Philippines to Hold Key Rate as Virus Curbs Ease: Decision Guide
The Philippine central bank is expected to continue holding its key interest rate steady as restrictions on movement are slowly being eased to boost a flagging economy.
Bangko Sentral ng Pilipinas will leave its benchmark rate at 2% for a seventh straight meeting Thursday, according to 21 of 22 analysts in a Bloomberg survey. One predicted a 25 basis point reduction.
The Philippines is among Southeast Asian nations slowly easing restrictions put in place to contain coronavirus breakouts, moving away from harsh lockdowns that have devastated economies. The country recently reopened dining-in and personal care services in Manila in a limited capacity to support the consumption-driven economy.
Read more: Faster Inflation, Job Losses Challenge Philippine Central Bank
Economic managers see the country’s gross domestic product returning to its pre-pandemic level only by the end of next year or early 2023. That suggests the central bank will have to maintain monetary support in some form, even as consumer prices rise at their fastest pace since December 2018.
“We expect BSP to keep the policy rate unchanged and maintain its accommodative policy stance,” said Jonathan Koh, economist at Standard Chartered Plc in Singapore. A still weak economic backdrop would mean policy makers will look through the recent spike in consumer prices, he said.
Here’s what to look for in Thursday’s announcement:
Analysts are keen to know how the government’s shift away from strict, widespread lockdowns affects the BSP’s economic growth view, as that may provide clues to the duration of easy policy and whether there’s need for further monetary support.
The Philippines “will need at least a year and a half to get back just to pre-Covid levels of GDP,” said Nicholas Mapa, economist at ING Groep NV in Manila. “BSP will likely be on hold at least through much of next year, with a rate hike only considered perhaps in the second half of 2022 or when palpable signs of the recovery emerge.”
Governor Benjamin Diokno told Bloomberg last month that the BSP can keep policy loose until both gross domestic product growth and the jobless rate settle around 6%.
Policy makers are expected to announce updated inflation forecasts Thursday, with central bank watchers focused on the outlook for the next two years.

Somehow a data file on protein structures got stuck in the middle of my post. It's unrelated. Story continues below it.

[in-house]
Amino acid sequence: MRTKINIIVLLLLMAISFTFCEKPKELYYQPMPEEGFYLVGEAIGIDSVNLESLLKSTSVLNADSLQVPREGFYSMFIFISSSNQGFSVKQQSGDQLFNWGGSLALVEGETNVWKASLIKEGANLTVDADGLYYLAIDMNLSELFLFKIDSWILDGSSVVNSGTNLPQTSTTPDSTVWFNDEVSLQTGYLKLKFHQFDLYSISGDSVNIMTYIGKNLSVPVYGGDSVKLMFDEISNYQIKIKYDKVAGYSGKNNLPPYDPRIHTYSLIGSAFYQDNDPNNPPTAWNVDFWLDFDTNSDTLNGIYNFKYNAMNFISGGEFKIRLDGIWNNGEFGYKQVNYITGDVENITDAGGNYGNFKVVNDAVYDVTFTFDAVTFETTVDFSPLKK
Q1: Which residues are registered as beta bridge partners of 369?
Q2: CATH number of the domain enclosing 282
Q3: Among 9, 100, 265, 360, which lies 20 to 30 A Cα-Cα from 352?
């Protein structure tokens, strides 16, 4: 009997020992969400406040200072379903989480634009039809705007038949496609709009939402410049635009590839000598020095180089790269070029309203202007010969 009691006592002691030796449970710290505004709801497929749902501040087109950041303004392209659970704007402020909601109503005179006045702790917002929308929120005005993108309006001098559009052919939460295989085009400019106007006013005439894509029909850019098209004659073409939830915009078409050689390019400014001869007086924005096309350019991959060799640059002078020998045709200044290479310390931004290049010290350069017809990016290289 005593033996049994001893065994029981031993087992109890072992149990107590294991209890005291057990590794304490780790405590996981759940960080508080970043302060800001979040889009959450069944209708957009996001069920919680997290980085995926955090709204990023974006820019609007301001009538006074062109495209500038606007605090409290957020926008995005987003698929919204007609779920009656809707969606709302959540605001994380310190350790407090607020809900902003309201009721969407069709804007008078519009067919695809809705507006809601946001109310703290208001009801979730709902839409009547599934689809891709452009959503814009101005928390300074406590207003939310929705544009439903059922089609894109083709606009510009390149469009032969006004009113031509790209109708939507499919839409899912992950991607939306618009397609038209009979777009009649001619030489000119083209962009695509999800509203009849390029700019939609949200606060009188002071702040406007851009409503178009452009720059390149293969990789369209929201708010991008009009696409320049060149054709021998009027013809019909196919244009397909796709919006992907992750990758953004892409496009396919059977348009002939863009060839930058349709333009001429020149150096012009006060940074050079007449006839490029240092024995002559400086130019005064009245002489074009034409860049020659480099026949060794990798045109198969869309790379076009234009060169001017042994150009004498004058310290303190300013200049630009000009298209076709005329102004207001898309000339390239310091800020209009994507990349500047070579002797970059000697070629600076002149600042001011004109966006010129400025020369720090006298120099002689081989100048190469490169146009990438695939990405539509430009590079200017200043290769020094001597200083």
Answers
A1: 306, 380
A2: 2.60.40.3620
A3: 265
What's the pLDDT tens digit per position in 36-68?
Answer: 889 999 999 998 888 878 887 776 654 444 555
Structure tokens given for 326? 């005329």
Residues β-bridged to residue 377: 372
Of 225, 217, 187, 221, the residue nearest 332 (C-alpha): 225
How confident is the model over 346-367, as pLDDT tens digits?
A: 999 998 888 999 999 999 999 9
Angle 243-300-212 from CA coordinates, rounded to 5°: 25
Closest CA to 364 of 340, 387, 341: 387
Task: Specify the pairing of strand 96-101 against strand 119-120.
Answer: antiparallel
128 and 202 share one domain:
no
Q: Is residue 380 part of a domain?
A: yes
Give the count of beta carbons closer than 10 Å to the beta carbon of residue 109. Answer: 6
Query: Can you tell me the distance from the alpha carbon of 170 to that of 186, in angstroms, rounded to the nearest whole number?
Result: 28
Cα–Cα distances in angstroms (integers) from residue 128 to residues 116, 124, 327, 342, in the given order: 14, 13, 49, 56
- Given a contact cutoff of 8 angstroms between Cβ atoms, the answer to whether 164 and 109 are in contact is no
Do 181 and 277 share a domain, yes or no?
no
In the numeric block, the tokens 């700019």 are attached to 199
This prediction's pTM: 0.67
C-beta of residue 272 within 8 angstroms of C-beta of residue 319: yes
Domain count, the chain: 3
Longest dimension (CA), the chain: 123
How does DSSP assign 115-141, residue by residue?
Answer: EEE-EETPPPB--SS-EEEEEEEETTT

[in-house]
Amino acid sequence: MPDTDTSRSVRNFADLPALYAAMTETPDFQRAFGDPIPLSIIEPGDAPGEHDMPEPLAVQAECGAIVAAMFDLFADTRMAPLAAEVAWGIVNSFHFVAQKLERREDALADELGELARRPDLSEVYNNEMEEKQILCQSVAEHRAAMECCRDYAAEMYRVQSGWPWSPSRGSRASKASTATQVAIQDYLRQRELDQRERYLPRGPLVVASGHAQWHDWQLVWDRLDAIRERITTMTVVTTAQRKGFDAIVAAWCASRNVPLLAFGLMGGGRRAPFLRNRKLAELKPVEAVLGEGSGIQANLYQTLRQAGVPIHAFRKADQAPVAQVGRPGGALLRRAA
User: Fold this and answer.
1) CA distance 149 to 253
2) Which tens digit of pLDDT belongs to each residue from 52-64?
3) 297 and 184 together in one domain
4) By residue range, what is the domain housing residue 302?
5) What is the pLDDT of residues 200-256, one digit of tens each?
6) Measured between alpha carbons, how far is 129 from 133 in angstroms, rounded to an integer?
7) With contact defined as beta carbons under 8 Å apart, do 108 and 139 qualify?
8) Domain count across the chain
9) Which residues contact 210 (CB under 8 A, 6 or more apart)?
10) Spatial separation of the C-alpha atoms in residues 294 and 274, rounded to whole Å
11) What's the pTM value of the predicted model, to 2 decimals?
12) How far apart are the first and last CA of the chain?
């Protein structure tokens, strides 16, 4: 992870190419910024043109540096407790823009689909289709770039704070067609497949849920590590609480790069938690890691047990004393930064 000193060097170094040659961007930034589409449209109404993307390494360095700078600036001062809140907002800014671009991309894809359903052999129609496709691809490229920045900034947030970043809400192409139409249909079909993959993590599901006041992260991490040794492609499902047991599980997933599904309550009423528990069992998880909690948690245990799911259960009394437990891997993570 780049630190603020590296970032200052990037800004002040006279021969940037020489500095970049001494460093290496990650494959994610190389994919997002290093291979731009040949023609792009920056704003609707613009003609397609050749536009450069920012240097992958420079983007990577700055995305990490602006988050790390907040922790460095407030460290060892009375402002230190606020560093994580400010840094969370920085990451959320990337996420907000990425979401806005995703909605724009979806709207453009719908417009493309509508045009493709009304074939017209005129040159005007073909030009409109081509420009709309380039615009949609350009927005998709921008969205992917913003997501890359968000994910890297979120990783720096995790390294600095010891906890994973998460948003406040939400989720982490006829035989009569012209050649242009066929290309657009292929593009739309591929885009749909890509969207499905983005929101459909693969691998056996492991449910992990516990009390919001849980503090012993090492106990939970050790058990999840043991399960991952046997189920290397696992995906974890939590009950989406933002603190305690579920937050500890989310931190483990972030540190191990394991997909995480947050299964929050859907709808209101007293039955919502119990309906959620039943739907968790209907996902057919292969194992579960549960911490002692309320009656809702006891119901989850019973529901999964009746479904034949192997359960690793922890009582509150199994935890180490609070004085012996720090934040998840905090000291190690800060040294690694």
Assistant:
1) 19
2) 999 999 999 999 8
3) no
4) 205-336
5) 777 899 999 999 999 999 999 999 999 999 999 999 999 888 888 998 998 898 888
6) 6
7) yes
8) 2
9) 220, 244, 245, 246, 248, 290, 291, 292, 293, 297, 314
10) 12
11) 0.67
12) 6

What Bloomberg Economics Says...
“We think BSP will look through a likely string of above-target CPI readings in the near term. A large negative output gap and fading base effects should pull inflation back into range toward year-end.”
-- Justin Jimenez, Asia economist
Click here to read the full note.
Diokno has said the bank will maintain its easy policy to the extent inflation allows, while describing recent price pressures as transitory. The BSP sees inflation easing toward the midpoint of its 2%-4% range next year and in 2023. CPI rose 4.9% last month.
With a shaky recovery needing as much support as it can, economists at Capital Economics Ltd. say the central bank will soon cut rates -- perhaps even on Thursday.
“A spike in inflation in the Philippines means that Thursday’s decision will be a close call,” Capital Economics’ Gareth Leather and Alex Holmes wrote in a note Sept. 17, but concluded that “the deteriorating economic outlook following a surge in virus cases will be a bigger concern.” The pandemic has dealt a serious blow to the economy, which remained about 9% below pre-crisis level in the second quarter, they wrote.
Still, the consensus is that any further monetary policy easing may do little to boost weak business and consumer sentiment, compared to the boost from keeping virus infections at bay and reopening the economy.
Even a cut to lenders’ reserve requirement ratio -- which the BSP last month said is “on the table,” depending on economic and credit conditions -- is now widely seen as unlikely anytime soon.
“Liquidity remains ample,” StanChart’s Koh said.
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